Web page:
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OPM, ZIRP and why companies go bankrupt

J Mulraj | Updated on June 12, 2020 Published on June 12, 2020

OPM is not an abbreviation for opium, but is an acronym for Other People’s Money. (Its often the same, though). US institutional investors, or mutual funds, now have $21 trillion in assets, more than the US banks, which own $17 trillion. They also own 80 per cent of the US corporate equity. This gives mutual funds an enormous clout over companies, and hence, over corporate managers.

Now, mix into this Irish stew a few more items. Both fund managers and corporate managers have a large component of variable pay which is linked to performance. The measure of that performance is the market capitalisation of the stock; the higher the market cap, the more fund and corporate managers earn.

Another tid-bit thrown into this Irish stew pot is that the ‘shareholder capitalism’ model gives primacy to providers of capital, as opposed to the ‘stakeholder capitalism’ model which also focusses on other stakeholders such as employees, customers and suppliers. Under the former, the other stakeholder’s interests are subservient.

ZIRP is the asinine ‘zero interest rate policy’ followed by the US Fed, and other central banks of the Euro Zone, Japan, etc. They follow ZIRP because their governments (Central and States), Municipalities, companies and citizens have overleveraged themselves. In order to repay previous debt, they must roll it over, and the lower the interest rate regime, the easier it would be to swallow that pill.

Now look at the way companies take wrong decisions because of OPM and ZIRP.

Doug Parker took over as CEO of American Airlines, one of the largest, in December 2013. In order to please Wall Street, given the low interest rates, he borrowed $25 billion over the next six years. Giving greater priority to shareholders, he paid regular dividends, and bought back $12 billion of the airlines stock. Giving lower priority to consumers, he charged passengers for inflight meals, extra legroom and extra luggage. Consequently, the stock doubled in his first year, and he got a $10-million compensation based on performance.

Fast forward to 2020 and American Airlines had to be rescued, receiving a $5.8-billion bailout package. Its market-cap has fallen, and Berkshire Hathway’s holding in AA is now worth a third of the $12 billion spent on buying back the stock, a horrendously awful use of (borrowed) funds, according to an investigation by Forbes which investigated 455 of the S&P 500 companies.

Or take the better known McDonalds. After the 2008 global financial crisis, Bill Ackman, a large hedge fund manager, pressed McDonalds to sell most of the 9000 company owned outlets to independent operators, and use the proceeds to buy back its stock! Though McDonald rebuffed the idea then, in 2014, then CEO Don Thomson, borrowed heavily to fund share buyback. His successor, Steve Easterbrook, followed Ackman’s script, and sold company owned outlets to franchisees. Some 93 per cent of its outlets are now owned by franchisees who pay royalty to McDonald. An ‘asset light’ model.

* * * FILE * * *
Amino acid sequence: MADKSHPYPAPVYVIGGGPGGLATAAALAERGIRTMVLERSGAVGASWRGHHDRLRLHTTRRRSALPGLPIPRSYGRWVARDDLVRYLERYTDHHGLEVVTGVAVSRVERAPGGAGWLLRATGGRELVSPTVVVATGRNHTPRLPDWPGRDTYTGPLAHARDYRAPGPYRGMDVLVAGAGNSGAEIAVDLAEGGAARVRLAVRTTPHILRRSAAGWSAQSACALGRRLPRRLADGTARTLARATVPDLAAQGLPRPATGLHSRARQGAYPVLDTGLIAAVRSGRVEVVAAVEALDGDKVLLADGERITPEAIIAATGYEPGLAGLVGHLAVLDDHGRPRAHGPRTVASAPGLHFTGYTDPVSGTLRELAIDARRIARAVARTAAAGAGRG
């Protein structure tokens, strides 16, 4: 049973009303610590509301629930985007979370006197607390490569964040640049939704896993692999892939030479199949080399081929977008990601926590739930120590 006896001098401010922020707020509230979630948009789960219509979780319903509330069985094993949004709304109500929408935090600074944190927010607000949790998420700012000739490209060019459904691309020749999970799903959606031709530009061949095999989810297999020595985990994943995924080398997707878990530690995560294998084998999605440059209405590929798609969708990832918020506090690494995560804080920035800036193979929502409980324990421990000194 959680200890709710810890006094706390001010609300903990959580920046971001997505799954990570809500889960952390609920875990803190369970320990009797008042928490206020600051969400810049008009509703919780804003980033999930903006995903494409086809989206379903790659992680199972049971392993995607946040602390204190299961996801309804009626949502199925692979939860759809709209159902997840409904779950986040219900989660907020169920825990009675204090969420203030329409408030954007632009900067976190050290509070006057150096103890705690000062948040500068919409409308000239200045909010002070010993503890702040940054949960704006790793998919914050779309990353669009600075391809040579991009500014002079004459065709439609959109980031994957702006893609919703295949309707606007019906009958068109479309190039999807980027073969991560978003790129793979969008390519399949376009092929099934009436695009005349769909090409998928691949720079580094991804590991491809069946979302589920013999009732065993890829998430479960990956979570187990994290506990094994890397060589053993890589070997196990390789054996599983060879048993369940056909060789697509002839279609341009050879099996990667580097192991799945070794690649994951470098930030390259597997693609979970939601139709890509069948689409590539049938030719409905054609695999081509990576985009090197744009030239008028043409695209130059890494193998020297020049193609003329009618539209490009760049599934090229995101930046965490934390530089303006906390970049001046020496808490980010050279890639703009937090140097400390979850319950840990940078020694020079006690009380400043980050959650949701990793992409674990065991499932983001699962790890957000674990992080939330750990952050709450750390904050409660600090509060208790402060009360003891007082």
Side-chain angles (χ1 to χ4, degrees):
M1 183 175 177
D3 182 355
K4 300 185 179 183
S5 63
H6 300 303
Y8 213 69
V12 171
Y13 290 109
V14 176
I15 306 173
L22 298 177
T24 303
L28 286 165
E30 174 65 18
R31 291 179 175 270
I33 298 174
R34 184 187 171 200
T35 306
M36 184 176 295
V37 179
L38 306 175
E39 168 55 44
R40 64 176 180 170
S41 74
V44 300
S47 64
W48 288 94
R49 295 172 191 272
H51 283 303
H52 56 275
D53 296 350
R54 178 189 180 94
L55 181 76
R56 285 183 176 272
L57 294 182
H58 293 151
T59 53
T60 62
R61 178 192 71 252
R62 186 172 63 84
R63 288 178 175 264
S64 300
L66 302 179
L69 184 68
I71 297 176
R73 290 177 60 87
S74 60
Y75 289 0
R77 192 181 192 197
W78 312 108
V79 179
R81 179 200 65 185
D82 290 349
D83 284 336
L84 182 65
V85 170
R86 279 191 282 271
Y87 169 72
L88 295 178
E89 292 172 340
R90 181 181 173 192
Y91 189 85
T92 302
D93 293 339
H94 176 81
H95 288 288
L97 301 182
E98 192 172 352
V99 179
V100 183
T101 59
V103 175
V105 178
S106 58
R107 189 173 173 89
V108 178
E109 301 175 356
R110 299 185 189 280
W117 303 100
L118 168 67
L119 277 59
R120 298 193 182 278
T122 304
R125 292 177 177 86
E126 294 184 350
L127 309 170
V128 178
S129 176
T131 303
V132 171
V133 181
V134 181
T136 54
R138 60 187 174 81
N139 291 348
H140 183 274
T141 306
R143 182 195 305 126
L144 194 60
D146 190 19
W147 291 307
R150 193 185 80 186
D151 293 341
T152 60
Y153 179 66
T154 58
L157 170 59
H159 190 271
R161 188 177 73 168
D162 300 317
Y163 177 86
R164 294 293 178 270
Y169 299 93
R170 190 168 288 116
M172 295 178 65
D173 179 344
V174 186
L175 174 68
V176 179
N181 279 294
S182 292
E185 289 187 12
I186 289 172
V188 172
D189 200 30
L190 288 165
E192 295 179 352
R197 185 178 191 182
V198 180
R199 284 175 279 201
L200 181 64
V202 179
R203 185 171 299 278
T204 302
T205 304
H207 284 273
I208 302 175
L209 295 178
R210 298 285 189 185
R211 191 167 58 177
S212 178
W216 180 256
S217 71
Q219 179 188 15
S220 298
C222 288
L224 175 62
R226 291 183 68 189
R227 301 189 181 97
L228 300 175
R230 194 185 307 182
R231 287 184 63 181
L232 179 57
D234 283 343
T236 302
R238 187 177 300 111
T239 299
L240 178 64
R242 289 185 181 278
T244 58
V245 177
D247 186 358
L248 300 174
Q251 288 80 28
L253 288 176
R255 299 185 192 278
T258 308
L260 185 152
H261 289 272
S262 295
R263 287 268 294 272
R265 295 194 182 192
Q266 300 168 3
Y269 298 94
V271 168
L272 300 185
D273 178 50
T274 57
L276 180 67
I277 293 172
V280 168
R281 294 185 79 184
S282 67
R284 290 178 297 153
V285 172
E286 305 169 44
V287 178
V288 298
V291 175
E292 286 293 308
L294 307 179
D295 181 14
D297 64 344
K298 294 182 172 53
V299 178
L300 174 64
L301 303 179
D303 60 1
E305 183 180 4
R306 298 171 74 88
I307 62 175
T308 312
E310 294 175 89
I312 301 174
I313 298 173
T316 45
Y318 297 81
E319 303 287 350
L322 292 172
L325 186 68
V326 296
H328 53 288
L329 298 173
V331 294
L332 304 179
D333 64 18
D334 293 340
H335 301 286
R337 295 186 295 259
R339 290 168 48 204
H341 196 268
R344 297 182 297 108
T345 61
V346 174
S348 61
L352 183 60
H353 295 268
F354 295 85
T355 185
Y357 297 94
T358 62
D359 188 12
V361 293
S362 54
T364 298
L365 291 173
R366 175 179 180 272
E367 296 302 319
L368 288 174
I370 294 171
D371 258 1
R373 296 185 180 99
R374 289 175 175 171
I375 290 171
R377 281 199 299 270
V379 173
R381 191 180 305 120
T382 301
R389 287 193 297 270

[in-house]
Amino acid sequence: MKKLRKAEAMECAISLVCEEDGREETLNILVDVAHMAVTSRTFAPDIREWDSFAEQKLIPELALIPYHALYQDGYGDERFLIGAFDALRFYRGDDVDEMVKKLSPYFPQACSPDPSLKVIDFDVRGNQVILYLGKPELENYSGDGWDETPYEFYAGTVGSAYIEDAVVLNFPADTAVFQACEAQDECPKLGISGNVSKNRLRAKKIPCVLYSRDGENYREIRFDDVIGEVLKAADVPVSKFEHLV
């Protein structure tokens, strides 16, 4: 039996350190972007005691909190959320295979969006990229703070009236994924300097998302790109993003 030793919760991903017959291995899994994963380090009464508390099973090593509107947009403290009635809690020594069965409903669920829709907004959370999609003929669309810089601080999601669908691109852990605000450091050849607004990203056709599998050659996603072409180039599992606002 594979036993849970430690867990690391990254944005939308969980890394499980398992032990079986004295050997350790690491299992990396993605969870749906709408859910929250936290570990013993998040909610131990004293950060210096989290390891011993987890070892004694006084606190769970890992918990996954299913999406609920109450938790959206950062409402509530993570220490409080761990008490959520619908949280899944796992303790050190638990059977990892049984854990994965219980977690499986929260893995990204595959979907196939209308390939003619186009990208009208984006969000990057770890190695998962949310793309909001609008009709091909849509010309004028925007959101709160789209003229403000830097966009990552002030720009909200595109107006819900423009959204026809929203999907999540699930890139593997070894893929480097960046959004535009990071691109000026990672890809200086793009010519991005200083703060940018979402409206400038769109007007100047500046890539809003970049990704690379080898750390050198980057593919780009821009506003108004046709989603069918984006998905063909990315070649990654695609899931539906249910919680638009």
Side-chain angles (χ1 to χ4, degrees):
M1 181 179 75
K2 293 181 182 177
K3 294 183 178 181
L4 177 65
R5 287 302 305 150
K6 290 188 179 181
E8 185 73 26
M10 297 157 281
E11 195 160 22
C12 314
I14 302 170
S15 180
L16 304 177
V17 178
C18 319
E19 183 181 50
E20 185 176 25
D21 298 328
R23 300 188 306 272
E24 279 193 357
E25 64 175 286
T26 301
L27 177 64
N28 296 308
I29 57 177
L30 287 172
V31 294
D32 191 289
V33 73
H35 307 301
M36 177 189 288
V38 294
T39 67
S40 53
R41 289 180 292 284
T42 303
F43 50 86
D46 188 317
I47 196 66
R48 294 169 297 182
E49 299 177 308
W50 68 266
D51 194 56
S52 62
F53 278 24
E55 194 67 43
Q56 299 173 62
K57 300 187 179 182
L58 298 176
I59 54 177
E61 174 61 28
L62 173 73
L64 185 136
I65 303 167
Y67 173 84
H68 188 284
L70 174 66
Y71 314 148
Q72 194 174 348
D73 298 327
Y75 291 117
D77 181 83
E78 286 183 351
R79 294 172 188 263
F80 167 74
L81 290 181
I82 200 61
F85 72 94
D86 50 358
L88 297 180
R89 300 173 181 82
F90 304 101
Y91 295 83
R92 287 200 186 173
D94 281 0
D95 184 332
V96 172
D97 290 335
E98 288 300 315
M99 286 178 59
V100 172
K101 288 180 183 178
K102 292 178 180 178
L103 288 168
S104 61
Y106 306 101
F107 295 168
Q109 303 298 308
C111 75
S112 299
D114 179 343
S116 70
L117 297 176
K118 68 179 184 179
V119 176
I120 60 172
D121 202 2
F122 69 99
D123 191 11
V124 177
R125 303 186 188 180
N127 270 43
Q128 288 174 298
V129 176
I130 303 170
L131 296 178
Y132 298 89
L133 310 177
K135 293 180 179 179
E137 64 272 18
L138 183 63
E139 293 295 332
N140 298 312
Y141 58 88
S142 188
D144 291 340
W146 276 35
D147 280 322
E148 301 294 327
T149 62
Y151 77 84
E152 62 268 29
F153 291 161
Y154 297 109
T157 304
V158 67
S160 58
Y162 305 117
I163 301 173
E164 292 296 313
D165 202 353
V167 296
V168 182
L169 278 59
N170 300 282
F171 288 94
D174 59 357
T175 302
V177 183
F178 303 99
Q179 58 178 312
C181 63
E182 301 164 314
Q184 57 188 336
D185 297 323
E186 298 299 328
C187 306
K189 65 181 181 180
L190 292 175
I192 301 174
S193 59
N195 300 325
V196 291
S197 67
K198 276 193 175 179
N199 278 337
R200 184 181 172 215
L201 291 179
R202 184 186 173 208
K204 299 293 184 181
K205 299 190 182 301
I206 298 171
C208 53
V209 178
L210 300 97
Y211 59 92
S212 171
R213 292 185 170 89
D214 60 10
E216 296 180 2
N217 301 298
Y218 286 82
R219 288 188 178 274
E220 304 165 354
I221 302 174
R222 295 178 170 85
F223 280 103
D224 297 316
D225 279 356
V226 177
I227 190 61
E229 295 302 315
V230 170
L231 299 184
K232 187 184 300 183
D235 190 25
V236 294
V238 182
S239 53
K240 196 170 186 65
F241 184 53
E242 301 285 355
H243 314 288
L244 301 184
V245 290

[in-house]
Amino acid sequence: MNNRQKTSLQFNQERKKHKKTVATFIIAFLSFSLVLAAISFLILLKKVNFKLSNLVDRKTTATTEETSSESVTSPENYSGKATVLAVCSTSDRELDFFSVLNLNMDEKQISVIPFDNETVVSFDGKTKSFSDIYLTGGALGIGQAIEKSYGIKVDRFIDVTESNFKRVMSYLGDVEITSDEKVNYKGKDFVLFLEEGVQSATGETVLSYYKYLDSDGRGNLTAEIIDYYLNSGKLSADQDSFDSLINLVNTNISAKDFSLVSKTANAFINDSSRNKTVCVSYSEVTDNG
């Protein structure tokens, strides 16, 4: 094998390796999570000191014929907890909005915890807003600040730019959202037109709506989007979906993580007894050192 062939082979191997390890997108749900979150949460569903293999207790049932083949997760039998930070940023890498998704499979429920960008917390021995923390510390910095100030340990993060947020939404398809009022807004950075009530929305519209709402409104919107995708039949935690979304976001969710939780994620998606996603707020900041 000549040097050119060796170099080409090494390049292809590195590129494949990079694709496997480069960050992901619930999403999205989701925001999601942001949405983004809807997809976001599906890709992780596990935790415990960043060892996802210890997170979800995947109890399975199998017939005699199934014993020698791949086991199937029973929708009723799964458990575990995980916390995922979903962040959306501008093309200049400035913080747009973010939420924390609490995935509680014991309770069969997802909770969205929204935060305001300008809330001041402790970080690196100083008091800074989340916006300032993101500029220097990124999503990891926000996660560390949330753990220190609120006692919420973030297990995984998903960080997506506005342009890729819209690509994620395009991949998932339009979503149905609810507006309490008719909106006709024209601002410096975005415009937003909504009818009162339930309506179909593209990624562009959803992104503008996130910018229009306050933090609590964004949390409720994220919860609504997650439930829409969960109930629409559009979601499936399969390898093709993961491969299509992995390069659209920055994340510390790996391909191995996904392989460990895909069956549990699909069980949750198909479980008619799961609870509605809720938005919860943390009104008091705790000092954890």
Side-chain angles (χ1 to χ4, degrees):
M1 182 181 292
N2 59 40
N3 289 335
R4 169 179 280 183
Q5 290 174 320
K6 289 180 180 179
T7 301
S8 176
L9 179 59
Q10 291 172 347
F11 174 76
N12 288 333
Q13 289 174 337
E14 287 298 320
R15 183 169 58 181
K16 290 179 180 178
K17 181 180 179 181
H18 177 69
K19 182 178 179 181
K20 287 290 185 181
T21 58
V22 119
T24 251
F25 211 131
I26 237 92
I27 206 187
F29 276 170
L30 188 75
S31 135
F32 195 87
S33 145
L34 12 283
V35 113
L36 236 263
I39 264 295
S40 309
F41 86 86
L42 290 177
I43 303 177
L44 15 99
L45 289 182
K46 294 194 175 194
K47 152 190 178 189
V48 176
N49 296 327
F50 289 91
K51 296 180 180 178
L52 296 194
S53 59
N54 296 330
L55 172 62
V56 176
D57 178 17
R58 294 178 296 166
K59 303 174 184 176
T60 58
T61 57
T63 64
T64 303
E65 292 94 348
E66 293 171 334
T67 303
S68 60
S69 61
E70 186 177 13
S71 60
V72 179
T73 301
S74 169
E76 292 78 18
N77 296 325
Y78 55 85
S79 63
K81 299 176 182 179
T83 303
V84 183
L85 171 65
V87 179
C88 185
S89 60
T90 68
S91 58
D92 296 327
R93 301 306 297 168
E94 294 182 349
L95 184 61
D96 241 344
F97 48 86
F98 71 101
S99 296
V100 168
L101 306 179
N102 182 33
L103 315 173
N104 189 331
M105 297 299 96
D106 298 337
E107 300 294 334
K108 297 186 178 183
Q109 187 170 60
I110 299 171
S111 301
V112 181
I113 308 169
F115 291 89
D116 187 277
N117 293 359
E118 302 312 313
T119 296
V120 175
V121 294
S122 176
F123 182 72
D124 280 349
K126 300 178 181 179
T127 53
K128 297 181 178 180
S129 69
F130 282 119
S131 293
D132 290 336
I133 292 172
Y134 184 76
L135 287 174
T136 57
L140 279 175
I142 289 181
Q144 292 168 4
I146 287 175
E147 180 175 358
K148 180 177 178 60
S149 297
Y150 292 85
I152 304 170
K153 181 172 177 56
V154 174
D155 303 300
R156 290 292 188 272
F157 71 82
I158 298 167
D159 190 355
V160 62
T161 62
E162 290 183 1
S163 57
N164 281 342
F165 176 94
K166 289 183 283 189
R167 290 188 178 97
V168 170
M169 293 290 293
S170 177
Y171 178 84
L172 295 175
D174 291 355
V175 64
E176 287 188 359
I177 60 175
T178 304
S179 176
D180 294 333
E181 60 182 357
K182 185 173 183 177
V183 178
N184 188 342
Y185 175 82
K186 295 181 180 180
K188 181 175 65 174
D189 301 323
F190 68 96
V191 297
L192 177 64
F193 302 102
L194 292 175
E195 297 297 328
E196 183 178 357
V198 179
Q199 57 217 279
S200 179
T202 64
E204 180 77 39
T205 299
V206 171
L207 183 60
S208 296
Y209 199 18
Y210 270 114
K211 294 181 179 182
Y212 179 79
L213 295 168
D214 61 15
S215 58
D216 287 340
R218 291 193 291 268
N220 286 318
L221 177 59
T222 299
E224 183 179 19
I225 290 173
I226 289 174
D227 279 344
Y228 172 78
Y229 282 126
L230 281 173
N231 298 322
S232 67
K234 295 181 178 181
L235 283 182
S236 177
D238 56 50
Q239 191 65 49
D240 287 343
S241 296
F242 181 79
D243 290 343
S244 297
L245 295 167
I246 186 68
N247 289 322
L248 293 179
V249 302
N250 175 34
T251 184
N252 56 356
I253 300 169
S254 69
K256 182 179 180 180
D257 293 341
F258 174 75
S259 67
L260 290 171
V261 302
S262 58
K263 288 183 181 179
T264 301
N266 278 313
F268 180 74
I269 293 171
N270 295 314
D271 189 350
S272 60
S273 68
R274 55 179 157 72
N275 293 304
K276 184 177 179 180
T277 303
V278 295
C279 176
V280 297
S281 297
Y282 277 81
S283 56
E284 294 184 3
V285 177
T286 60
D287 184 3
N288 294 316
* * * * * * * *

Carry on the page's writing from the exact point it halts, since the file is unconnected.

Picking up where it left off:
In the 5 years from 2014, McDonalds issued bonds/notes of $21 b in order to please institutional shareholders, buying $35 b. in stock and paying $19 b in dividends. Oh, by the way, Easterbrook earned $78 m in pay packages over these 5 years. Net debt per $of revenue went up from 38 cents in 2010 to $1.58, by 2019. Easterbrook was fired in late 2019. Mc Donald’s credit rating dropped from A, in 2015, to BBB now. It has now suspended stock buy backs.

Such stories, of corporate managers using OPM and ZIRP to borrow heavily and repurchase stock, in order to please institutional shareholders, are frequent.

Capitalism requires that badly-managed companies be punished. But they are not! American Airlines and Boeing (which also did the same things) have got bailout packages.

A young and smart fund manager, a billionaire, the founder of Social Capital, Chamat Pahilipithya, argues that these companies ought not to be bailed out.

In a bankruptcy, other stakeholders do not suffer much, especially if the buyer is competently managed and well-funded. A bailout package to these airlines, for example, only serves to rescue the owners. But in a proper capitalist system, they ought to be punished for their errors, by allowing the failed business to be taken over through a bankruptcy process..

This is something our policy makers really ought to think about. We ought not to keep using tax payer money to bail out perennially loss-making airlines, telcos or banks, or directing institutions such as LIC to take them over. If there is no deterrent to bad management, it will continue. There is little to lose, for making bad capital allocation decisions.

The main concern for investors is the coming clash of giants, US and China, and how the rest of the world would take sides in this. Malaysia for example has ordered that none of their telcos use Huawei equipment, and UK is likely to follow. China, on its part, is flexing its muscle against several countries, a border skirmish with India, a new law for HK, a tariff hike against Australia and a display of military muscle against Taiwan, and in the South China Sea.

Thus geopolitical factors will cause greater volatility in stockmarkets and a cautious approach is advisable, buying in stages, on dips. GDP forecasts for 2020 are hugely negative, with a sharp bounce back in 2021. Money chases growth, and the forecast for India’s GDP growth for 2021 is good. Jiomanaged to raise huge money even during these times, showing how, if value is created/perceived, there would be demand.

The writer is India Head — Finance, Asia/Haymarket. The views are personal.

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Published on June 12, 2020
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